https://www.rt.com/usa/349693-obama-afghanistan-withdrawal-number/

US TO LEAVE 8,400 TROOPS IN AFGHANISTAN INTO 2017, 35 PERCENT MORE THAN EXPECTED


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America’s combat mission in Afghanistan “came to a responsible end” a year and a half ago, Obama said. Forces there are now focused on “two narrow missions”: training and terrorism prevention. “But even these narrow missions continue to be dangerous.”

The US will leave 8,400 troops through the end of the Obama administration, the president announced. Obama had planned to drop troop levels from 9,800 to 5,500 troops by the end of 2016. But the increase of Taliban attacks have intensified calls to leave more troops there.

The security situation in Afghanistan remains precarious,” Obama said. The Afghan military still needs our help, the president added.

“It is in our national security interest, esp after all the blood and treasure we’ve invested over the years, that we give our partners in afghan the best chance to succeed.”

http://www.infowars.com/us-to-leave-8400-troops-in-afghanistan-into-2017-35-percent-more-than-expected/

ARMY RETAINS DECORATED GREEN BERET IT PLANNED TO KICK OUT OVER CONFRONTING AFGHAN CHILD RAPIST


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Sgt 1st Class Charles Martland, confirmed the Army’s decision to retain him when reached by Fox News, who has been covering the story in depth for the past eight months and first broke the story of the Army’s decision in August to kick out Martland over the incident, which occurred in northern Afghanistan in 2011.

“I am real thankful for being able to continue to serve,” said Martland when reached on the telephone by Fox News. “I appreciate everything Congressman Duncan Hunter and his Chief of Staff, Joe Kasper did for me.”

As first reported by Fox News, while deployed to Kunduz Province, Afghanistan, Martland and his team leader confronted a local police commander in 2011 accused of raping an Afghan boy and beating his mother. When the man laughed off the incident, they shoved him to the ground.

http://www.infowars.com/army-retains-decorated-green-beret-it-planned-to-kick-out-over-confronting-afghan-child-rapist/

Feds Spent $86 Million on Plane That Can’t Fly


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The Department of Defense and Drug Enforcement Administration collectively spent $86 million to fight drug crime in Afghanistan on a plane that cannot fly.

The Office of Inspector General for the Justice Department released a reportWednesday chronicling the boondoggle, which initially started as an $8 million project eight years ago.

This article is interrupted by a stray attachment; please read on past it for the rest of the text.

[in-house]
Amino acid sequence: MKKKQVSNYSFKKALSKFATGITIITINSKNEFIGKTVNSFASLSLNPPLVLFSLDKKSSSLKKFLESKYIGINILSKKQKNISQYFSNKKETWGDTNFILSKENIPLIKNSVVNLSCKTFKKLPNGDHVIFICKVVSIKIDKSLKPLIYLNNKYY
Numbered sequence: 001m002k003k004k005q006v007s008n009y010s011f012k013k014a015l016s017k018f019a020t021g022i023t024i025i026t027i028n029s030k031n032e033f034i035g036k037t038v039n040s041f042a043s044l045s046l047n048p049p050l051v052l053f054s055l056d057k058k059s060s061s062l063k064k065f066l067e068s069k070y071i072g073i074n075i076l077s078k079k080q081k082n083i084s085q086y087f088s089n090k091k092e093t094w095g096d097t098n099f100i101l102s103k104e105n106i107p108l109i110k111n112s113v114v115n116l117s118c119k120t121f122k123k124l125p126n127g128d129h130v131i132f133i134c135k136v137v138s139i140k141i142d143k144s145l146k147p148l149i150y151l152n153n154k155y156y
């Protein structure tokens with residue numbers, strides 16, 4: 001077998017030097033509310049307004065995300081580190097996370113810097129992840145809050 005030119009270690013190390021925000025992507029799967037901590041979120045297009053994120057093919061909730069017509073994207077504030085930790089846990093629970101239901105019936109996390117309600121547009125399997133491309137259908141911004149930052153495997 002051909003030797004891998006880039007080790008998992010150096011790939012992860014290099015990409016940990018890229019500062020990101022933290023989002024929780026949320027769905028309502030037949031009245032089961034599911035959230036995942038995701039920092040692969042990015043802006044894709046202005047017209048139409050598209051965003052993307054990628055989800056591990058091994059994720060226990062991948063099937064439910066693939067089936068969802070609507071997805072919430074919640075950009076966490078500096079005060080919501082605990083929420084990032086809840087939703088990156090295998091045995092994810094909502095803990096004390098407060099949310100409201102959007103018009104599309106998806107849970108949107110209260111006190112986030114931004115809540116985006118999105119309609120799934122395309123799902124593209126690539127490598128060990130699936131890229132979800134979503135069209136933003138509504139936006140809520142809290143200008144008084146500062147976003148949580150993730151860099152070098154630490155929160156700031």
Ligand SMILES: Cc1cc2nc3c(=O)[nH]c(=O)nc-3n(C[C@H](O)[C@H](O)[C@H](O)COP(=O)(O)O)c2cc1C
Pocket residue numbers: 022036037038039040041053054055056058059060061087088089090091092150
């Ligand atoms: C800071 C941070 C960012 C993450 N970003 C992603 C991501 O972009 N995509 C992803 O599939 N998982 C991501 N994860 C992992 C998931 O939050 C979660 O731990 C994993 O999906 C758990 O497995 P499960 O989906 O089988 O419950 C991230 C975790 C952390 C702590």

“In fiscal year 2008 the Drug Enforcement Administration (DEA) expended nearly $8.6 million to purchase an ATR 42-500 aircraft (ATR 500) to support its counternarcotics efforts in Afghanistan,” the inspector general said. “The Department of Defense (DOD) agreed to modify the DEA’s ATR 500 with surveillance equipment and other capabilities to conduct such operations in the combat environment of Afghanistan in what became known as the Global Discovery program.”

“Even though collectively the DEA and DOD have spent more than $86 million on the Global Discovery program, we found that, over seven years after the aircraft was purchased for the program, the aircraft remains inoperable, resting on jacks, and has never actually flown in Afghanistan,” the inspector general said.

http://freebeacon.com/issues/feds-86-million-plane-cant-fly/

Taliban reject invite to Afghanistan peace talks


The Taliban are invited to the negotiating table, but they aren’t coming.

The Islamist militant group made that clear Saturday, refuting reports that it would send representatives to upcoming talks involving the Afghan government, Pakistan, the United States and China in the Pakistani city of Islamabad.

“We reject all such rumors and unequivocally state that the esteemed leader of the Islamic Emirate has not authorized anyone to participate in this meeting, and neither has the Leadership Council of Islamic Emirate decided to partake in it,” the Taliban said, using another name for itself.

The announcement appears to be a significant blow to the peace talks and is a reversal from what the Taliban reportedly have done in the past.

Taliban representatives met with their Afghan government counterparts, as well as with U.S. and Chinese officials, last summer in Pakistan, officials said.

But just weeks later, the Taliban’s reported new leader (Mullah Akhtar Mohammad Mansour) deniedin an audio message that his Sunni Islamist group was trying to work toward peace with Afghanistan’s government.